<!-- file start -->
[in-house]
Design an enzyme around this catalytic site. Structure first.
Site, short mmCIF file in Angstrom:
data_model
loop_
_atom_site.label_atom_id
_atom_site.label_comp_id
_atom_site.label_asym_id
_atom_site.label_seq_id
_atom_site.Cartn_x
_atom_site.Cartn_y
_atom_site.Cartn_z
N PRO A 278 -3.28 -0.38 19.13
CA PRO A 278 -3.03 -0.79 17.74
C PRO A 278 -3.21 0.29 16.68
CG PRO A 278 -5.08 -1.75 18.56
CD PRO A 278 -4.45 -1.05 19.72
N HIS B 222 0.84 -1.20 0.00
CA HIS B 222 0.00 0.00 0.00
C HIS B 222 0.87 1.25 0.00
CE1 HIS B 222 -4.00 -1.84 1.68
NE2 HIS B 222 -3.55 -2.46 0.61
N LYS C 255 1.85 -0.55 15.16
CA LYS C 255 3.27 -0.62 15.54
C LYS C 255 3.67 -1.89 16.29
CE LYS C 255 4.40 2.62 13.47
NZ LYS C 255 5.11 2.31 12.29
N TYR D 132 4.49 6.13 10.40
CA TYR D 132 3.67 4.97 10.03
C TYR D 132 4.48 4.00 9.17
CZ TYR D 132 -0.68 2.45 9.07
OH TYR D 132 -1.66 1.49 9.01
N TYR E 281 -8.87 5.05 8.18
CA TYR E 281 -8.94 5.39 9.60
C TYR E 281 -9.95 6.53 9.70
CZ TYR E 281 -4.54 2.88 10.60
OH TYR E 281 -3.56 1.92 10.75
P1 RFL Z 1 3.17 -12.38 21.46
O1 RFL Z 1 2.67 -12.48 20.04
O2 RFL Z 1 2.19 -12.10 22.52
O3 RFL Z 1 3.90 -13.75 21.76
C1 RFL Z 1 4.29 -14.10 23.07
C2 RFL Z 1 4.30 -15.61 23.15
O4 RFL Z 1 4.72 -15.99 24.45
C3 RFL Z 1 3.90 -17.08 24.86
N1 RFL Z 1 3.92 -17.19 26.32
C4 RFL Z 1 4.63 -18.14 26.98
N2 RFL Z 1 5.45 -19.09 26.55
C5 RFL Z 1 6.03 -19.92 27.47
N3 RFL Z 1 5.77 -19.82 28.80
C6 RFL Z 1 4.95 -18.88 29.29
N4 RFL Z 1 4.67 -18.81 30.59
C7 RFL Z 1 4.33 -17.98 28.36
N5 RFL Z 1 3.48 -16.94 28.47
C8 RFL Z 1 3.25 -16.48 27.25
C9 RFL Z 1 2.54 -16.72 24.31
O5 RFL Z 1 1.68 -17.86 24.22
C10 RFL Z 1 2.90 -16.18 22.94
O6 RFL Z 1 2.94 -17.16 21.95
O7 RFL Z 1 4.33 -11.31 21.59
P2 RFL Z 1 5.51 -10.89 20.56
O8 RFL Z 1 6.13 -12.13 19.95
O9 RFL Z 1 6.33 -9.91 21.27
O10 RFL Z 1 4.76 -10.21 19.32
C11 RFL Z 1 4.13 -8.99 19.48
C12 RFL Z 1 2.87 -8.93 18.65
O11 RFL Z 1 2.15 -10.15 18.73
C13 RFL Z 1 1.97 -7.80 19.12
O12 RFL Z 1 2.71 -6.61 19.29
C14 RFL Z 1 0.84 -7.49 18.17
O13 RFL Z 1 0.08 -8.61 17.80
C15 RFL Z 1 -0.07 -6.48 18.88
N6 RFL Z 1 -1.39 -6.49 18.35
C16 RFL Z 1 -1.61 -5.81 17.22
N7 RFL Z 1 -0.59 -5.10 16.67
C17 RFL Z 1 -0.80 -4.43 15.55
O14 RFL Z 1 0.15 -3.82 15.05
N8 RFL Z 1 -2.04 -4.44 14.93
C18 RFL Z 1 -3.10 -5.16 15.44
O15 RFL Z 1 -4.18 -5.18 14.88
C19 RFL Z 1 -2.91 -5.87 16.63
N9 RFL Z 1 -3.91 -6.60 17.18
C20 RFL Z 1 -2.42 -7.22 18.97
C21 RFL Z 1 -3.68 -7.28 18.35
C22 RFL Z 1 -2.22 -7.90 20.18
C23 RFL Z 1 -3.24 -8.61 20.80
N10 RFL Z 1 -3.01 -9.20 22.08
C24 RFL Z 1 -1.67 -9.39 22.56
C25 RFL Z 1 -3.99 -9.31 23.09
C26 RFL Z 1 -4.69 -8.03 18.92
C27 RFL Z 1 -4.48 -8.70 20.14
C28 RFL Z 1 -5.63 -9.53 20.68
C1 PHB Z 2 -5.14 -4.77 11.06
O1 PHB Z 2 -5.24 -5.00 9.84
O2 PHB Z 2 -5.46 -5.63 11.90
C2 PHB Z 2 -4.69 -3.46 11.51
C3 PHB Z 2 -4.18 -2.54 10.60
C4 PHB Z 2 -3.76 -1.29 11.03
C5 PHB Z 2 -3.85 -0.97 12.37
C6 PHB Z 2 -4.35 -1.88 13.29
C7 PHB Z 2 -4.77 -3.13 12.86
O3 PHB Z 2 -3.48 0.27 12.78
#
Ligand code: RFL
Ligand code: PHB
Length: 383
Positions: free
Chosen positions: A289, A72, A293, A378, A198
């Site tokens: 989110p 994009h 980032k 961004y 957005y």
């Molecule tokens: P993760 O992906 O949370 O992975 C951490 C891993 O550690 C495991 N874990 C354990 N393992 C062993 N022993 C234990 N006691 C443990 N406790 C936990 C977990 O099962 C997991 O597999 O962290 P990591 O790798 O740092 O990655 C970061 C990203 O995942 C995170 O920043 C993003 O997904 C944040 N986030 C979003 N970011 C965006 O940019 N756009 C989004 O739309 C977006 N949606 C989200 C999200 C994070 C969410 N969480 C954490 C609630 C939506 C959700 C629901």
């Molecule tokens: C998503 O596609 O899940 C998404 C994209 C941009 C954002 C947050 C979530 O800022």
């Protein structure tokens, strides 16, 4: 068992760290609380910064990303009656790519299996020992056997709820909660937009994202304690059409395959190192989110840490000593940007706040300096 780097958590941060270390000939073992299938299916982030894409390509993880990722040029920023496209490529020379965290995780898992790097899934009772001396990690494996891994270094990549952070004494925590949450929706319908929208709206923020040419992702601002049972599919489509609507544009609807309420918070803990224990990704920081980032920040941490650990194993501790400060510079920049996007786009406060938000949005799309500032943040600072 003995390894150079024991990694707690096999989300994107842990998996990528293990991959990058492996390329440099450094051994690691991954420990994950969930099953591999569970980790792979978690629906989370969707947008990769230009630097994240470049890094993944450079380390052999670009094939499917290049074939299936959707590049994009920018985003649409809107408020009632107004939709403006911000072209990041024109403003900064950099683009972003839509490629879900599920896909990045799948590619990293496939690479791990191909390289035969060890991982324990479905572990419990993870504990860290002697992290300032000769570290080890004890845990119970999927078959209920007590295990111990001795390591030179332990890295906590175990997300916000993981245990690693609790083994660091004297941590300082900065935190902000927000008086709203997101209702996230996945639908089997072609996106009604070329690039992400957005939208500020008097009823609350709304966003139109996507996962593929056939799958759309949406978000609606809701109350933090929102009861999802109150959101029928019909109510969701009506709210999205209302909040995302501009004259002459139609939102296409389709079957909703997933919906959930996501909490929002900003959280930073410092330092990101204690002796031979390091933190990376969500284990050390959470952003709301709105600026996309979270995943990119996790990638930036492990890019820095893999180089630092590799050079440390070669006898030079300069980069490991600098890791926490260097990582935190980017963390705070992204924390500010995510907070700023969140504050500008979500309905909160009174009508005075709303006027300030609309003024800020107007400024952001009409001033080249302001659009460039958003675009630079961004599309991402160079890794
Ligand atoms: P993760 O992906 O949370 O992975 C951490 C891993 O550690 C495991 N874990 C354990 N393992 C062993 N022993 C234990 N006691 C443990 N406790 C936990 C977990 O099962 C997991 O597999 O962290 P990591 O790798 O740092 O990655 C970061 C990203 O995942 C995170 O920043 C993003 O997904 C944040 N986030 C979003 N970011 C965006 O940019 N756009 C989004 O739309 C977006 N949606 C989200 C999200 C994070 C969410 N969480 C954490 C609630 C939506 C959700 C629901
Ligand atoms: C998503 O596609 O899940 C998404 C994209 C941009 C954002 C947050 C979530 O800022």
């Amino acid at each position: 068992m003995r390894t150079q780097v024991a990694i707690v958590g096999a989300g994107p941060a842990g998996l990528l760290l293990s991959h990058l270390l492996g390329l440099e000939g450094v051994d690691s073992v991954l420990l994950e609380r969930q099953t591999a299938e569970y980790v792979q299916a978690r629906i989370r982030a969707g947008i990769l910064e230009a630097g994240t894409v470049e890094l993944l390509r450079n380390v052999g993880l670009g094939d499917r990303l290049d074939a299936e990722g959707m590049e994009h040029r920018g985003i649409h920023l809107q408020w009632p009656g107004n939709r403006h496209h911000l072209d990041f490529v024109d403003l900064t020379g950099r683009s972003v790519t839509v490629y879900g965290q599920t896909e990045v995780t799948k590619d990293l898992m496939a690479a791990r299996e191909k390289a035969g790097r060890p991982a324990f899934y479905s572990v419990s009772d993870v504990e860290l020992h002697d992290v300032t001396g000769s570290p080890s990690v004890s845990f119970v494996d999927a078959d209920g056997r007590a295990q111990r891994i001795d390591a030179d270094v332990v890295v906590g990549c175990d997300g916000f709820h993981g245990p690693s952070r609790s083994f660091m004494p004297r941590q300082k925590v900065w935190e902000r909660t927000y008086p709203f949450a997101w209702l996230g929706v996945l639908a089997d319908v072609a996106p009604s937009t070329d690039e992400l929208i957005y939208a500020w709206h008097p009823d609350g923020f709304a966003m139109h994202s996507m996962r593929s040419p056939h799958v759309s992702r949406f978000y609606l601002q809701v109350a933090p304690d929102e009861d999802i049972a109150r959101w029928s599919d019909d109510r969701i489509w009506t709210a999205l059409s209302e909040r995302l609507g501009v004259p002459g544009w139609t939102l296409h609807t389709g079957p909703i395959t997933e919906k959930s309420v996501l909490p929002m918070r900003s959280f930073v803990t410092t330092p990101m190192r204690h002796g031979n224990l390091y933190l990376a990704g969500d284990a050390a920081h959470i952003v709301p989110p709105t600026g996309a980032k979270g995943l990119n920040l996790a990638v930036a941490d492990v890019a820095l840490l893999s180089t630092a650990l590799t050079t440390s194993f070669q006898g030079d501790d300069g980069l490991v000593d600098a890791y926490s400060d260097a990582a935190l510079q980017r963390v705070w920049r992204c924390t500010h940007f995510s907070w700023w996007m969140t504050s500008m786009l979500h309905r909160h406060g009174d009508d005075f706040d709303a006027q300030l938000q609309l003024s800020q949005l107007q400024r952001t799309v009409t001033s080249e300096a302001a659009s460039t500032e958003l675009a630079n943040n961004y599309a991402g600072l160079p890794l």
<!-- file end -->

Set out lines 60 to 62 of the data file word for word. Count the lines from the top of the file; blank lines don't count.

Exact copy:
O7 RFL Z 1 4.33 -11.31 21.59
P2 RFL Z 1 5.51 -10.89 20.56
O8 RFL Z 1 6.13 -12.13 19.95